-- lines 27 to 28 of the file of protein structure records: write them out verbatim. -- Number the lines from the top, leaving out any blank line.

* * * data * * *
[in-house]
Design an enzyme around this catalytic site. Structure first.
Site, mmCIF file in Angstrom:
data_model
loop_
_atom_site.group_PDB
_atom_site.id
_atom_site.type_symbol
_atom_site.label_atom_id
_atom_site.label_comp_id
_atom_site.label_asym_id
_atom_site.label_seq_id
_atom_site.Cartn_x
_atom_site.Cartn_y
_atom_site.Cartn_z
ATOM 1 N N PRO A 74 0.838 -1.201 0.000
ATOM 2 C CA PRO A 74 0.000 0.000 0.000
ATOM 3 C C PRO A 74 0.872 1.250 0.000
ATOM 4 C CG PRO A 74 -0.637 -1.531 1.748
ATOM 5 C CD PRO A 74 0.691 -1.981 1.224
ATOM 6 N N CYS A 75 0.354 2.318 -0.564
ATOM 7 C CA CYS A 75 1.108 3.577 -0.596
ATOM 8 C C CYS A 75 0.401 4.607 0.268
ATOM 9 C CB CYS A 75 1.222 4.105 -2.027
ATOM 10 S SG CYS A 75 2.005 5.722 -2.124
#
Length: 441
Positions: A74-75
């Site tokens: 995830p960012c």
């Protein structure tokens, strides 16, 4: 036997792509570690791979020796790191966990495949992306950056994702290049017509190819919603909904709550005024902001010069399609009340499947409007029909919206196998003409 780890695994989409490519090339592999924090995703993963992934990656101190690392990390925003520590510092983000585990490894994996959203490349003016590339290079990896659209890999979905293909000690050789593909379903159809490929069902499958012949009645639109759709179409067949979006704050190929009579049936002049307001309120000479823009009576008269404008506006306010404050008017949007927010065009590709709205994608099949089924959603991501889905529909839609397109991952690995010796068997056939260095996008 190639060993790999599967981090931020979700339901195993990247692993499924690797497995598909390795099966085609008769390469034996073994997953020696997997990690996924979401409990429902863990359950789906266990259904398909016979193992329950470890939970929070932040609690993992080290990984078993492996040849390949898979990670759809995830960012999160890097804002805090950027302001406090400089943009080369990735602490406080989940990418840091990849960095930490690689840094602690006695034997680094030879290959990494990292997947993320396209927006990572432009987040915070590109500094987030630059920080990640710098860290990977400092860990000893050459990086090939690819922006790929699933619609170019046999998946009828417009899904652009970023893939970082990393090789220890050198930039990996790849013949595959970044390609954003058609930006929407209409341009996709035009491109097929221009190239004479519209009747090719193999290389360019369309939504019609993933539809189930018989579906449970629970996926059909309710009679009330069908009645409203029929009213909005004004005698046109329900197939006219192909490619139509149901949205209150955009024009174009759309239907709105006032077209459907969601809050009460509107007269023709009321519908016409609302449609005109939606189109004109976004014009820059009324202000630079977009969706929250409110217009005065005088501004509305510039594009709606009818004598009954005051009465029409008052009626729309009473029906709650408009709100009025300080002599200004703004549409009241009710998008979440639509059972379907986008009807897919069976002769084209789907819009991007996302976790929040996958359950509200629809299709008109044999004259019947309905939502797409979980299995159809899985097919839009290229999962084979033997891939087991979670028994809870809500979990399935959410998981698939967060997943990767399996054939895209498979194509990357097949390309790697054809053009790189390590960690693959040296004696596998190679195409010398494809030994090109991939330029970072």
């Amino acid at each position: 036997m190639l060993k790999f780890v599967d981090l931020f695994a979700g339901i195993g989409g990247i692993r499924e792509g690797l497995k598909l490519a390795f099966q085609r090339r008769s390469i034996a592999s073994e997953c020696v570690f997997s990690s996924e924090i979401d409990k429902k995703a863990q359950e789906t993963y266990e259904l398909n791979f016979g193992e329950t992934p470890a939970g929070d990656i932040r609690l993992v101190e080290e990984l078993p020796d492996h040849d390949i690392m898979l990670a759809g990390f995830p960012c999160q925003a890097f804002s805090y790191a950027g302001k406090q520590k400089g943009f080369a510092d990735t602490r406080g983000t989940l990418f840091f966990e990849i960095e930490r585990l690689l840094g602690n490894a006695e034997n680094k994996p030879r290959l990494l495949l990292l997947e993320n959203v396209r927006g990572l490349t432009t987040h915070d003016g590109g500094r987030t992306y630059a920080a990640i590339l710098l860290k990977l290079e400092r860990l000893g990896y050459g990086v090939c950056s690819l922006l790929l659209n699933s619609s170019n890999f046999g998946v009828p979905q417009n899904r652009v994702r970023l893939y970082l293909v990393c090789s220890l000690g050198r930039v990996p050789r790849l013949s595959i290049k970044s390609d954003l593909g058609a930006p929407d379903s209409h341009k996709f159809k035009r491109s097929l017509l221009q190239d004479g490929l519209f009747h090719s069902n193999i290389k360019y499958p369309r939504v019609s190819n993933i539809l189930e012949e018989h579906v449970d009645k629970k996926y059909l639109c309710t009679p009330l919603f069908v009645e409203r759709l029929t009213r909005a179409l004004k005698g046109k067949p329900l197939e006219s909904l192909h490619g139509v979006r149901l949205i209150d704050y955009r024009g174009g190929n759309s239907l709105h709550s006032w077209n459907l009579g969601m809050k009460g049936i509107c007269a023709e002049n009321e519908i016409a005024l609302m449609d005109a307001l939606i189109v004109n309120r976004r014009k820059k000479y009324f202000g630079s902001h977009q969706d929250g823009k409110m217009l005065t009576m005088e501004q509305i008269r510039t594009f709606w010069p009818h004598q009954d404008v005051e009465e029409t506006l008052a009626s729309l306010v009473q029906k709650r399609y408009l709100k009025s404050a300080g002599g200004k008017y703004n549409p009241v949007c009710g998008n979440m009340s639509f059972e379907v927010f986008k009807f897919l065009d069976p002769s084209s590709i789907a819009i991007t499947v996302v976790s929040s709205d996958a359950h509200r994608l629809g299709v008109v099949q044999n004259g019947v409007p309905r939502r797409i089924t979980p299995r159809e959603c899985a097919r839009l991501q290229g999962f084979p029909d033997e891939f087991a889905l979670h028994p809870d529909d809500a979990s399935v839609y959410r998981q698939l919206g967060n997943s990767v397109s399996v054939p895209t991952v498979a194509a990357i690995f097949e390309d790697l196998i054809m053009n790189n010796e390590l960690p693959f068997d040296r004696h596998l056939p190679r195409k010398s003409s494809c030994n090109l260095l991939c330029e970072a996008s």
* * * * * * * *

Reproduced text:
Length: 441
Positions: A74-75